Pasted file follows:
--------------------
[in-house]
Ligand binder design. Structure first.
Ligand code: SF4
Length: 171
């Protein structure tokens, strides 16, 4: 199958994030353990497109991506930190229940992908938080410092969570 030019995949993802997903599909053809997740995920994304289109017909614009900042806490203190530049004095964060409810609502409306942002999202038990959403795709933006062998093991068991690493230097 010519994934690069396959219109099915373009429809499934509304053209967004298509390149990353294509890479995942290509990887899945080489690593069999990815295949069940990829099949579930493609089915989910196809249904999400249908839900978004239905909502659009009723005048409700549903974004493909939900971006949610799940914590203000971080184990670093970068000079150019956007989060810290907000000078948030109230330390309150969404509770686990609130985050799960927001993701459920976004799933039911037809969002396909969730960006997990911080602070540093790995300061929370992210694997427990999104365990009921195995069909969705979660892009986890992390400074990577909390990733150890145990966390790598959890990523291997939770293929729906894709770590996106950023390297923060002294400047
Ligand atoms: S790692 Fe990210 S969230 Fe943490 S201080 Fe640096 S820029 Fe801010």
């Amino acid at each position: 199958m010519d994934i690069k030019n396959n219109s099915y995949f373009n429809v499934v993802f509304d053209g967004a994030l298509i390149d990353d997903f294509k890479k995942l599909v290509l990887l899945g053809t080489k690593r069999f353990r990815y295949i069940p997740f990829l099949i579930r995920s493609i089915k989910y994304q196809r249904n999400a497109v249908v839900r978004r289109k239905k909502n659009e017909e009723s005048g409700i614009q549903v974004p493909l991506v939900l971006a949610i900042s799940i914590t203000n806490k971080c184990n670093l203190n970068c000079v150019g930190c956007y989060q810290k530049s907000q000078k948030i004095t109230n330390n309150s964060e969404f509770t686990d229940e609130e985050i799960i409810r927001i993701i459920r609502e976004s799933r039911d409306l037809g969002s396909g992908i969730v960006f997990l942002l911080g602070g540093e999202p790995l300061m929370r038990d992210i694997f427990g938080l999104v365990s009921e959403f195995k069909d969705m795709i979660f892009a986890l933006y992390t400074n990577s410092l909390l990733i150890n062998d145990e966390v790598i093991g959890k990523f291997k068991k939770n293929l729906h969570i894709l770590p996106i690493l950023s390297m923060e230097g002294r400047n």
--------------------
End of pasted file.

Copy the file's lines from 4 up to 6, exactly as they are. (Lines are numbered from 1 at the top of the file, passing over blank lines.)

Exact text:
Length: 171
């Protein structure tokens, strides 16, 4: 199958994030353990497109991506930190229940992908938080410092969570 030019995949993802997903599909053809997740995920994304289109017909614009900042806490203190530049004095964060409810609502409306942002999202038990959403795709933006062998093991068991690493230097 010519994934690069396959219109099915373009429809499934509304053209967004298509390149990353294509890479995942290509990887899945080489690593069999990815295949069940990829099949579930493609089915989910196809249904999400249908839900978004239905909502659009009723005048409700549903974004493909939900971006949610799940914590203000971080184990670093970068000079150019956007989060810290907000000078948030109230330390309150969404509770686990609130985050799960927001993701459920976004799933039911037809969002396909969730960006997990911080602070540093790995300061929370992210694997427990999104365990009921195995069909969705979660892009986890992390400074990577909390990733150890145990966390790598959890990523291997939770293929729906894709770590996106950023390297923060002294400047
Ligand atoms: S790692 Fe990210 S969230 Fe943490 S201080 Fe640096 S820029 Fe801010």